Large-scale photography brings the outdoors into this modern living room. The room is both modern and bold with punches of color that liven up the otherwise neutral space. A picture rail adds a throwback element to the space and also ties in with the paneled feature wall above the fireplace. Brass accents add warmth to the overall look.
As seen on season 1 of Sarah Sees Potential, a cinder block wall was removed to create this open and bright basement entertainment area. Sarah added new wood paneling below the chair rail, chic rustic-modern furnishings and heated Brazilian slate floors for a durable, multi-purpose space that will accommodate a growing family of four.
This adorable nursery blends antique finds with graphic prints and playful color to create a space that's chic for any age. The pink stripes are a subtly feminine touch. Coral stripe paint color: Sherwin Williams Coral Island Code SW 6332; Paint color above chair rail: Sherwin Williams Worldly Gray Code SW 7043; Window panels: Nate Berkus for Target; Crib: Baby Town; Gray Glider: Buy Buy Baby
Brass accents pop against the cool grays of this contemporary living room. A sleek wood panel turns the TV wall into a focal point, and also ties in with a picture rail that runs the length of a long wall, a nod to interiors past. A modern brass sofa table teams with a pair of side tables to create symmetry that helps harmonize the space.
To create a baby girl's nursery that is feminine without being precious, the designer chose a gray, coral and neutral palette with rustic and vintage elements. The resulting look is clean and simple; family treasures make it special. Coral stripe paint color: Sherwin Williams Coral Island Code SW 6332; Chair rail paint color: Sherwin Williams Worldly Gray Code SW 7043; Window panels :Nate Berkus for Target; Crib: Baby Town; Crib Mobile: Pottery Barn Kids; Grey Glider: Buy Buy Baby
Add a special treatment halfway up the wall, to cut your costs. Tile or wood paneling, which can be cheaper, gives any bathroom a certain finished style. Designer Stephanie A. Bruntz of Studio B Design used tile in this National Kitchen + Bath Association winning bathroom, but also suggests using beadboard. If you opt for beadboard, she suggests adding chair rail around the room and a standalone backsplash above the vanity. “It would be faster to install and less expensive on the material purchase,” says Bruntz, who lives in Nebraska.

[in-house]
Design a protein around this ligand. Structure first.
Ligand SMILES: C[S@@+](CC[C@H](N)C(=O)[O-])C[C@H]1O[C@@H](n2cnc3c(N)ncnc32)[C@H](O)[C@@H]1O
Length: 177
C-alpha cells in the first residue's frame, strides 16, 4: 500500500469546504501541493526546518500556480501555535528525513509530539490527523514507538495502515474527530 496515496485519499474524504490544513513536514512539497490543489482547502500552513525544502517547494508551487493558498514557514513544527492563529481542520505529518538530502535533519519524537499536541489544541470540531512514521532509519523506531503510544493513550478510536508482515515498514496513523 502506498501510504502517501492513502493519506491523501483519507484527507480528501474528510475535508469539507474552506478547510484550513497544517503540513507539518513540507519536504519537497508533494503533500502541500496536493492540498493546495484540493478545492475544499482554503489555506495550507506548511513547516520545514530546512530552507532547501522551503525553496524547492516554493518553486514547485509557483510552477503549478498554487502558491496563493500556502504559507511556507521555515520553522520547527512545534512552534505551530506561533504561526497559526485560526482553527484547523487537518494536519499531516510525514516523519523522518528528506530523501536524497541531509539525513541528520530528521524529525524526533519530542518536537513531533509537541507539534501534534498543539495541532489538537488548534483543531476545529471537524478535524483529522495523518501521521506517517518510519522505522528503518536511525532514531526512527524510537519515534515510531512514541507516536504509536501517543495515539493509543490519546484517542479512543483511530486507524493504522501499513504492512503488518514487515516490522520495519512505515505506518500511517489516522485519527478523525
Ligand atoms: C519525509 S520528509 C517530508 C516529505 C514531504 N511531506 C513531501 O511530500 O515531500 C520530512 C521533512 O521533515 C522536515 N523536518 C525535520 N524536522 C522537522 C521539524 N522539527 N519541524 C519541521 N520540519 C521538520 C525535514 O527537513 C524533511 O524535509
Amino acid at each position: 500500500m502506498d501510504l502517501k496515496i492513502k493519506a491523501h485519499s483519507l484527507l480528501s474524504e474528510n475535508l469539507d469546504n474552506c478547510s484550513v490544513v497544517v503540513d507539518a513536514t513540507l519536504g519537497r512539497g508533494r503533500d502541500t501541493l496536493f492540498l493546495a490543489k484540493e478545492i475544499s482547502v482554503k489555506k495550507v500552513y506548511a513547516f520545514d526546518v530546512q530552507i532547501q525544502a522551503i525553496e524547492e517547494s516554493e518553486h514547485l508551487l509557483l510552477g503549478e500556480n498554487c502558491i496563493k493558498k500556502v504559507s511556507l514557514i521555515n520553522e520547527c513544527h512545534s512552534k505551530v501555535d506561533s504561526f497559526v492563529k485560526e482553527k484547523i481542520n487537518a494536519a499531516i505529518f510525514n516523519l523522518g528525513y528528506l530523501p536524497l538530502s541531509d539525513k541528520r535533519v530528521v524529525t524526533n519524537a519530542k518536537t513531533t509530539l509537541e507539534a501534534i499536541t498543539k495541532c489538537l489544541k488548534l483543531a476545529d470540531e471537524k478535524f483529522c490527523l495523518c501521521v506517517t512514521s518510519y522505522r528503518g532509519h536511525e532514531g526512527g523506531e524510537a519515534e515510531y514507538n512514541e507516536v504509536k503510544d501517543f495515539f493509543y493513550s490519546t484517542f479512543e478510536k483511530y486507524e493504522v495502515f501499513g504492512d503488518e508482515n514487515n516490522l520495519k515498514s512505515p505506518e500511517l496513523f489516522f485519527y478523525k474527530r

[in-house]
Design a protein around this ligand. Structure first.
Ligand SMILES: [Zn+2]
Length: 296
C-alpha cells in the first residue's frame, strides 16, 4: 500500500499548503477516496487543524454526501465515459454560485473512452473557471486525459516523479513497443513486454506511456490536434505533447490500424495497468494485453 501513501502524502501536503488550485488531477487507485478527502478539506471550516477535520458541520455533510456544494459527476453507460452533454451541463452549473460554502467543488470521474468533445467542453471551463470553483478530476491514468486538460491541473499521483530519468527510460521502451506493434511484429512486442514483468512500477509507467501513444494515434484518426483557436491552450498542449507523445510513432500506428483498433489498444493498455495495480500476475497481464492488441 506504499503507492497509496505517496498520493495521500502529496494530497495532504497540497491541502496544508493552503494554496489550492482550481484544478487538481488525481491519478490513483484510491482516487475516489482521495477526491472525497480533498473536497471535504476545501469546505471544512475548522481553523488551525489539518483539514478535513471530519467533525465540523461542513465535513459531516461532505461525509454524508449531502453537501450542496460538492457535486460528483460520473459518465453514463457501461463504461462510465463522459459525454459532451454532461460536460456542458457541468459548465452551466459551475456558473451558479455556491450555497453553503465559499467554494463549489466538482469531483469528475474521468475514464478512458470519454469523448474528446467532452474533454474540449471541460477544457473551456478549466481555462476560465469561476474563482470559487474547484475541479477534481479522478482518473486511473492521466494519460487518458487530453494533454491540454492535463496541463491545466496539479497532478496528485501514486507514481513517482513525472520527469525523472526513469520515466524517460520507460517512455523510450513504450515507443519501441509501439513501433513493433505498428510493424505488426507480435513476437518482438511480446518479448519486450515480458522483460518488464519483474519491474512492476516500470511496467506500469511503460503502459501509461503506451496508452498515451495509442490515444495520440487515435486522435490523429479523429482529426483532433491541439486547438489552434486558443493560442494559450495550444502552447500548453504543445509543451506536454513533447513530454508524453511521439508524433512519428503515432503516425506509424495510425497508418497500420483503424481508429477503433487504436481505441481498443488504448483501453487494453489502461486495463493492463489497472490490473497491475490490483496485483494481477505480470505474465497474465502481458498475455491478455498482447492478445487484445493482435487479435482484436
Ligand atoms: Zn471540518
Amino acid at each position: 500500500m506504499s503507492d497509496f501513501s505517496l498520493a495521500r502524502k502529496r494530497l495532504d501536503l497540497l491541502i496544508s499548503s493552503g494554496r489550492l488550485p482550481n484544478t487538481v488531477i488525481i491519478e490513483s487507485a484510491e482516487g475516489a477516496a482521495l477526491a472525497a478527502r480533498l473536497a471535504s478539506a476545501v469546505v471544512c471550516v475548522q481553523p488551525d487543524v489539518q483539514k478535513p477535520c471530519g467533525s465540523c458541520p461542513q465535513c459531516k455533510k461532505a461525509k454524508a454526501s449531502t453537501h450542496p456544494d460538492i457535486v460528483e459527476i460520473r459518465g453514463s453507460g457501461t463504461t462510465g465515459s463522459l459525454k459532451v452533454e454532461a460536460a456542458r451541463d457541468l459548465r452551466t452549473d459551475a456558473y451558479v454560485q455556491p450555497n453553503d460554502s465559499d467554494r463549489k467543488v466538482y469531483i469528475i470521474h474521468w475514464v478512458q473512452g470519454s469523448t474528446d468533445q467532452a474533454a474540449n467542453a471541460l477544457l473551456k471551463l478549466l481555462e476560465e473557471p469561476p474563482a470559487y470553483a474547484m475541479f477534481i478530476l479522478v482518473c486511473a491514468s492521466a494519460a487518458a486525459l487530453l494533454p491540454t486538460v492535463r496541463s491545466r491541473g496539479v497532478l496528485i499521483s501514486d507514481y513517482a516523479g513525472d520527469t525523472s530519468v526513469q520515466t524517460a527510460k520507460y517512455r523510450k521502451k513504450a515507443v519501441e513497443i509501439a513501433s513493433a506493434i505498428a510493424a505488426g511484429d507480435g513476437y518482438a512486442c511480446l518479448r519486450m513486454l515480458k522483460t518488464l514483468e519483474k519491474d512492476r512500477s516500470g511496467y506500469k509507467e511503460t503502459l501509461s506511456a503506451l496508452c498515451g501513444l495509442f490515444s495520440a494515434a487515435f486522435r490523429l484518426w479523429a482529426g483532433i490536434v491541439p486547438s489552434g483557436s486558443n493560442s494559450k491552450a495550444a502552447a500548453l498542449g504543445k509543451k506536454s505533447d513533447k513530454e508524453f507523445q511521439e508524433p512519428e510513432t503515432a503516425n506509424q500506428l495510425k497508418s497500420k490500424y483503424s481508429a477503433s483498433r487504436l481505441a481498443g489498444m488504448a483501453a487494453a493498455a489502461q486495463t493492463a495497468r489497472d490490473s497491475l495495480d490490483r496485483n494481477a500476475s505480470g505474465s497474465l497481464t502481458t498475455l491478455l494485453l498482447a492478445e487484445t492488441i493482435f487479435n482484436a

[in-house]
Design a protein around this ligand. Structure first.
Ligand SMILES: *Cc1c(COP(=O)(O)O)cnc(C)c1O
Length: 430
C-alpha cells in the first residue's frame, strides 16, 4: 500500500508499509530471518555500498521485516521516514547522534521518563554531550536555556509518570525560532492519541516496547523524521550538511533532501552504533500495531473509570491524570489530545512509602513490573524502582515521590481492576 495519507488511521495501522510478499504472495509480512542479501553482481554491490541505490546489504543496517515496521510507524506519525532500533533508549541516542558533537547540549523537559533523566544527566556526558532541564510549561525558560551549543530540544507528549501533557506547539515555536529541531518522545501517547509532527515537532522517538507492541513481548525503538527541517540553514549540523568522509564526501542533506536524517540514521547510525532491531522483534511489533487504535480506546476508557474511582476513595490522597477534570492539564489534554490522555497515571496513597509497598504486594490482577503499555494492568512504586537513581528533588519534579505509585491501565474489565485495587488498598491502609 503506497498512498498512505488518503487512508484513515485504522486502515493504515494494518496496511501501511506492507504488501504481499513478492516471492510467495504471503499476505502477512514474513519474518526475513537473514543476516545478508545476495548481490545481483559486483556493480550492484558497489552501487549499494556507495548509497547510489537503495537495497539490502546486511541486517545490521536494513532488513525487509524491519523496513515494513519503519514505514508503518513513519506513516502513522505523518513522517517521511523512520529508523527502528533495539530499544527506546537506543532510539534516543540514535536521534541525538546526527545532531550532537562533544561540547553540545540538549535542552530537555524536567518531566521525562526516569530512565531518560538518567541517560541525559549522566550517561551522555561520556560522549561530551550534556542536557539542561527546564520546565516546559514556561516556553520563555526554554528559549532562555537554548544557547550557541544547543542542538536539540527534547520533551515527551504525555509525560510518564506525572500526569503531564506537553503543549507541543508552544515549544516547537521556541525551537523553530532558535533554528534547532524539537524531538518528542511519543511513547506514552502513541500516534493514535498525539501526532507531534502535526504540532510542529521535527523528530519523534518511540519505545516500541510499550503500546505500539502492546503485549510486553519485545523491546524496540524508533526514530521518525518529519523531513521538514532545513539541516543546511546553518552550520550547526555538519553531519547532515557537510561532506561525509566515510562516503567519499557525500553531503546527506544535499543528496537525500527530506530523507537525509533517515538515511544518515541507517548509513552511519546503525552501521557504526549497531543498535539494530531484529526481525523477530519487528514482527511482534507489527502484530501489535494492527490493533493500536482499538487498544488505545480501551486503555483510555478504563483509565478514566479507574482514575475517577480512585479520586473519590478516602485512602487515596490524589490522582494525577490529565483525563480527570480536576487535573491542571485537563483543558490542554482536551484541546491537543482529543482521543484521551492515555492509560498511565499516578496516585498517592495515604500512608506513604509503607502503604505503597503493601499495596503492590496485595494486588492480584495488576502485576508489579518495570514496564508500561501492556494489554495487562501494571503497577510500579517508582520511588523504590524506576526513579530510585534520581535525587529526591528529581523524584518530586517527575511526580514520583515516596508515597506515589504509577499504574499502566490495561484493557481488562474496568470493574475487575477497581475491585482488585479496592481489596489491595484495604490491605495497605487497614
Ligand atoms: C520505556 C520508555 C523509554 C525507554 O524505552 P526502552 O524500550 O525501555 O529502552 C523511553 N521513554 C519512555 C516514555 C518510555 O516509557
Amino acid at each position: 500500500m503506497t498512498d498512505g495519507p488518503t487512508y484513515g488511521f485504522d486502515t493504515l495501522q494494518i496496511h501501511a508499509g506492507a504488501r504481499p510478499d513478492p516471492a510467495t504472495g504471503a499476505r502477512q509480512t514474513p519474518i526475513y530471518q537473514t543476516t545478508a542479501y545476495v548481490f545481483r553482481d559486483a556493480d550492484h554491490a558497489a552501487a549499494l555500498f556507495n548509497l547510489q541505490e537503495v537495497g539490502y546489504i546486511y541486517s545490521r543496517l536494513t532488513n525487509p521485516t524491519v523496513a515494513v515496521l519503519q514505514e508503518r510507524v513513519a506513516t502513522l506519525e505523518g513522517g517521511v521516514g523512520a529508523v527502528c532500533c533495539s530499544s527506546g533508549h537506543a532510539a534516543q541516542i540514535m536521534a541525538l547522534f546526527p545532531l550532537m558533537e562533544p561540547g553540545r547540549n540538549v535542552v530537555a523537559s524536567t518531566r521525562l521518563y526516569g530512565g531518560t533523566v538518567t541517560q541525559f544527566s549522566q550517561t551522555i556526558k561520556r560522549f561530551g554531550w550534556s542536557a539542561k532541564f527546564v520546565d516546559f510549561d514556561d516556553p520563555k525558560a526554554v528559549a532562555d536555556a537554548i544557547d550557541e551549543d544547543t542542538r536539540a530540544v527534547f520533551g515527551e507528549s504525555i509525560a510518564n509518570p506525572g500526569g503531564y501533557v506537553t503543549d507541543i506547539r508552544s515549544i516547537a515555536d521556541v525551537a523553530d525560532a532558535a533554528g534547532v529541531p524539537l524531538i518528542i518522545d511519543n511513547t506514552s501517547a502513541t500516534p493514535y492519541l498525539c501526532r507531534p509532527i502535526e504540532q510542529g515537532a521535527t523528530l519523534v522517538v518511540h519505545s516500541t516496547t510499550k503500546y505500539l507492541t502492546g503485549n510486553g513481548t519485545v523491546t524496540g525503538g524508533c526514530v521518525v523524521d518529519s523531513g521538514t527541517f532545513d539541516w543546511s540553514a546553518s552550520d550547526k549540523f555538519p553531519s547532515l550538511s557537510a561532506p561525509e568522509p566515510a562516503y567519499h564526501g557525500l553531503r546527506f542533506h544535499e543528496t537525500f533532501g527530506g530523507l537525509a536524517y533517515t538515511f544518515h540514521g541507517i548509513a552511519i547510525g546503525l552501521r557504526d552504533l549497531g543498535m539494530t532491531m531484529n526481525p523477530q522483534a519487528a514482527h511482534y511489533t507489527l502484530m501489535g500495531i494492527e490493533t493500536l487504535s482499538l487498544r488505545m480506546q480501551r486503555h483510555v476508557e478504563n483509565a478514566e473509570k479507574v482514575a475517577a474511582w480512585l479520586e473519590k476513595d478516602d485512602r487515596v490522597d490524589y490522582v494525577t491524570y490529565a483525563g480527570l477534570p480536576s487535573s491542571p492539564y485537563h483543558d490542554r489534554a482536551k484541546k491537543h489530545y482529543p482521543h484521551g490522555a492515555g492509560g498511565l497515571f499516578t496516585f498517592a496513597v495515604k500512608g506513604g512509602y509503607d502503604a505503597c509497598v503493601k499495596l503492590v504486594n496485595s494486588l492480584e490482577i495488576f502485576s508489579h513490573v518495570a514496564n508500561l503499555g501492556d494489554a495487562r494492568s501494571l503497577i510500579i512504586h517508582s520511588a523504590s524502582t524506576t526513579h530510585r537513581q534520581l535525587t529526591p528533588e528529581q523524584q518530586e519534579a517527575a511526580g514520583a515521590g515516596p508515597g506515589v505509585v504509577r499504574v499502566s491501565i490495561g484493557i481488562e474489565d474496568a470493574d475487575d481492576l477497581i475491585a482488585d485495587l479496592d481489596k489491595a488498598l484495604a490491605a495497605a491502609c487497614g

To minimize the presence of the stair in the hallway the designer eliminated the need for the outer stringer. Instead, they cantilevered the tread supports from a single stringer located adjacent to the wall. The treads themselves are sandblasted acrylic mounted to a pair of tapered steel angles. The tread design allows for maximum light to pass through to the space below. Glass infill panels create the guard at both the stair rail and surrounding guards. With the use of 2 layers of laminated glass no top rail was required at the guard locations. To support the glass, steel bar stanchions span between floors levels, adding an element of continuity to the various levels of the stacked stair. High levels of precision were required during the detailing and construction process to maintain absolute alignment between 3 levels as the stairway extends from upper bridge to the basement.
This pristine pair of swivel chairs was passed down from Micah’s grandmother. They’re a perfect way to inject a little generational history into a young family’s home. Family heirlooms are always a good idea. You’ll notice that below the white painted crown molding is a white picture rail. In many older homes, the walls are plaster as opposed to drywall. Plaster is much harder and more difficult to repair; therefore, a piece of molding/rail is used as a surface to attach hardware and wire, and then your artwork to. Preservation is key in caring for older homes. The Stansells cleverly repeated the teal color on the drapery panels, but used white sheers on the window’s interior for semi-privacy while still allowing light in.